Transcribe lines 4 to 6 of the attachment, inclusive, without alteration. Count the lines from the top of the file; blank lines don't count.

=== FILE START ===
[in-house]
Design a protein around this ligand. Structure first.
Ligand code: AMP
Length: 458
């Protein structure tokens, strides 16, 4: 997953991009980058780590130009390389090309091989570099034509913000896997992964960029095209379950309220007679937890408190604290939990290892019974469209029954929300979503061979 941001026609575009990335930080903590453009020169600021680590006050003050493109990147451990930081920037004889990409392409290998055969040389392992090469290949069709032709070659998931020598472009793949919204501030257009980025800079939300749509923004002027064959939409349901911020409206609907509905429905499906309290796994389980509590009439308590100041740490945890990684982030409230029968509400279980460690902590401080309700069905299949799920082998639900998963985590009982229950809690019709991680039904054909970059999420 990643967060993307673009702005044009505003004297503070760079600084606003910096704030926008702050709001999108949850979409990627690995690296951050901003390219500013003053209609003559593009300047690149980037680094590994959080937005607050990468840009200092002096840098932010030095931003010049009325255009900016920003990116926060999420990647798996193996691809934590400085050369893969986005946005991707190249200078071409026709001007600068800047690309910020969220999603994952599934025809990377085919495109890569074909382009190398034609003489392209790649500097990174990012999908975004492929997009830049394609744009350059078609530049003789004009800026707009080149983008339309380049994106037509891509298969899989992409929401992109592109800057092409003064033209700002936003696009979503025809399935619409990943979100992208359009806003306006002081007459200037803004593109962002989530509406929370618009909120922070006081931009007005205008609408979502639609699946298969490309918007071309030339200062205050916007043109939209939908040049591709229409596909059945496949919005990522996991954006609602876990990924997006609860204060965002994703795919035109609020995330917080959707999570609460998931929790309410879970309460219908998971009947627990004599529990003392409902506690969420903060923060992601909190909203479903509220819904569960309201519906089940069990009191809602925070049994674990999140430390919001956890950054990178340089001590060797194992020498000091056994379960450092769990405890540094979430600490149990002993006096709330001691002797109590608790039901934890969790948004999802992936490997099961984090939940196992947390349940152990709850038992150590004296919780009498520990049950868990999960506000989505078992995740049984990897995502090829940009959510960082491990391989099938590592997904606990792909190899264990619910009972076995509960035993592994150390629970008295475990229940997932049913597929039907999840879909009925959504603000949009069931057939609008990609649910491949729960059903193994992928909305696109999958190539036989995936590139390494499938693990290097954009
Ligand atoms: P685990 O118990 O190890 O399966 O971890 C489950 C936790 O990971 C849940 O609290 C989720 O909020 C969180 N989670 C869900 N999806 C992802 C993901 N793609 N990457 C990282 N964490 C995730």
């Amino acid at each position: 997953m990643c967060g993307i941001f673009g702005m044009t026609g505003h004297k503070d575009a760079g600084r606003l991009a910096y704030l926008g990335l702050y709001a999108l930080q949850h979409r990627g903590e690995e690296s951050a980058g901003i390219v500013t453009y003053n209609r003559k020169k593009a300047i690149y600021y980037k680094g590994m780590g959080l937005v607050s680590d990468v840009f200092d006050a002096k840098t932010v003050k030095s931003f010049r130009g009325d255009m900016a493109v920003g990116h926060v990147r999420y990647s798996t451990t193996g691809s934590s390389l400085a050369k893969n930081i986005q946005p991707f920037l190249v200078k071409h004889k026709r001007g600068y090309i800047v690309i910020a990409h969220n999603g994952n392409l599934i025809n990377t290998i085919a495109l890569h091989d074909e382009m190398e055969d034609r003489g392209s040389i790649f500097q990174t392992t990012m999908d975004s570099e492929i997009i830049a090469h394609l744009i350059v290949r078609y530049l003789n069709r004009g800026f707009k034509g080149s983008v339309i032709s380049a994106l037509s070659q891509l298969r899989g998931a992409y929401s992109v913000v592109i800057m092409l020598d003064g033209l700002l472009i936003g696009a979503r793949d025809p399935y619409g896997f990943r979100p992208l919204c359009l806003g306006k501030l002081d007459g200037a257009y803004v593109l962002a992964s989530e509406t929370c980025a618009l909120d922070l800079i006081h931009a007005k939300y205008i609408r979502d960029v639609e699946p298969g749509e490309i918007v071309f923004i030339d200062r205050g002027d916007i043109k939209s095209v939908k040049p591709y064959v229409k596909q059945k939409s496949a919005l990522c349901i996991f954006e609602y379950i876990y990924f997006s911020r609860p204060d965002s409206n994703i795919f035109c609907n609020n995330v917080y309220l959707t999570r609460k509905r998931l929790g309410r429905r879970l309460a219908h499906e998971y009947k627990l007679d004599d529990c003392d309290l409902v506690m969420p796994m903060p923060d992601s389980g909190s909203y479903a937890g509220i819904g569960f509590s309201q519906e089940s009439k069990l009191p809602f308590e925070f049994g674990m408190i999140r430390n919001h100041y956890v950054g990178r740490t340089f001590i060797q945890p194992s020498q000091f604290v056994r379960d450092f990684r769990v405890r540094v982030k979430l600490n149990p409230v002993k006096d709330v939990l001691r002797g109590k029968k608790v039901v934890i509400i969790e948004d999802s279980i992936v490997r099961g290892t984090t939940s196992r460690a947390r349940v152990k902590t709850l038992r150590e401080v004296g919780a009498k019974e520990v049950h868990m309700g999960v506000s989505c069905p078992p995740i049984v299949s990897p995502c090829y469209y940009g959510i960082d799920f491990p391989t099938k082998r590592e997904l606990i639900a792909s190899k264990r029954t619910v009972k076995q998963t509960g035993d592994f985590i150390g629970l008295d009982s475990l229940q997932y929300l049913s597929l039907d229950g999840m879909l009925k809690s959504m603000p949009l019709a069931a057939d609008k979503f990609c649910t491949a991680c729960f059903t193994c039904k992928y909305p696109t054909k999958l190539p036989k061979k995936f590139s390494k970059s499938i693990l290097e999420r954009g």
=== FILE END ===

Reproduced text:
Length: 458
């Protein structure tokens, strides 16, 4: 997953991009980058780590130009390389090309091989570099034509913000896997992964960029095209379950309220007679937890408190604290939990290892019974469209029954929300979503061979 941001026609575009990335930080903590453009020169600021680590006050003050493109990147451990930081920037004889990409392409290998055969040389392992090469290949069709032709070659998931020598472009793949919204501030257009980025800079939300749509923004002027064959939409349901911020409206609907509905429905499906309290796994389980509590009439308590100041740490945890990684982030409230029968509400279980460690902590401080309700069905299949799920082998639900998963985590009982229950809690019709991680039904054909970059999420 990643967060993307673009702005044009505003004297503070760079600084606003910096704030926008702050709001999108949850979409990627690995690296951050901003390219500013003053209609003559593009300047690149980037680094590994959080937005607050990468840009200092002096840098932010030095931003010049009325255009900016920003990116926060999420990647798996193996691809934590400085050369893969986005946005991707190249200078071409026709001007600068800047690309910020969220999603994952599934025809990377085919495109890569074909382009190398034609003489392209790649500097990174990012999908975004492929997009830049394609744009350059078609530049003789004009800026707009080149983008339309380049994106037509891509298969899989992409929401992109592109800057092409003064033209700002936003696009979503025809399935619409990943979100992208359009806003306006002081007459200037803004593109962002989530509406929370618009909120922070006081931009007005205008609408979502639609699946298969490309918007071309030339200062205050916007043109939209939908040049591709229409596909059945496949919005990522996991954006609602876990990924997006609860204060965002994703795919035109609020995330917080959707999570609460998931929790309410879970309460219908998971009947627990004599529990003392409902506690969420903060923060992601909190909203479903509220819904569960309201519906089940069990009191809602925070049994674990999140430390919001956890950054990178340089001590060797194992020498000091056994379960450092769990405890540094979430600490149990002993006096709330001691002797109590608790039901934890969790948004999802992936490997099961984090939940196992947390349940152990709850038992150590004296919780009498520990049950868990999960506000989505078992995740049984990897995502090829940009959510960082491990391989099938590592997904606990792909190899264990619910009972076995509960035993592994150390629970008295475990229940997932049913597929039907999840879909009925959504603000949009069931057939609008990609649910491949729960059903193994992928909305696109999958190539036989995936590139390494499938693990290097954009
Ligand atoms: P685990 O118990 O190890 O399966 O971890 C489950 C936790 O990971 C849940 O609290 C989720 O909020 C969180 N989670 C869900 N999806 C992802 C993901 N793609 N990457 C990282 N964490 C995730």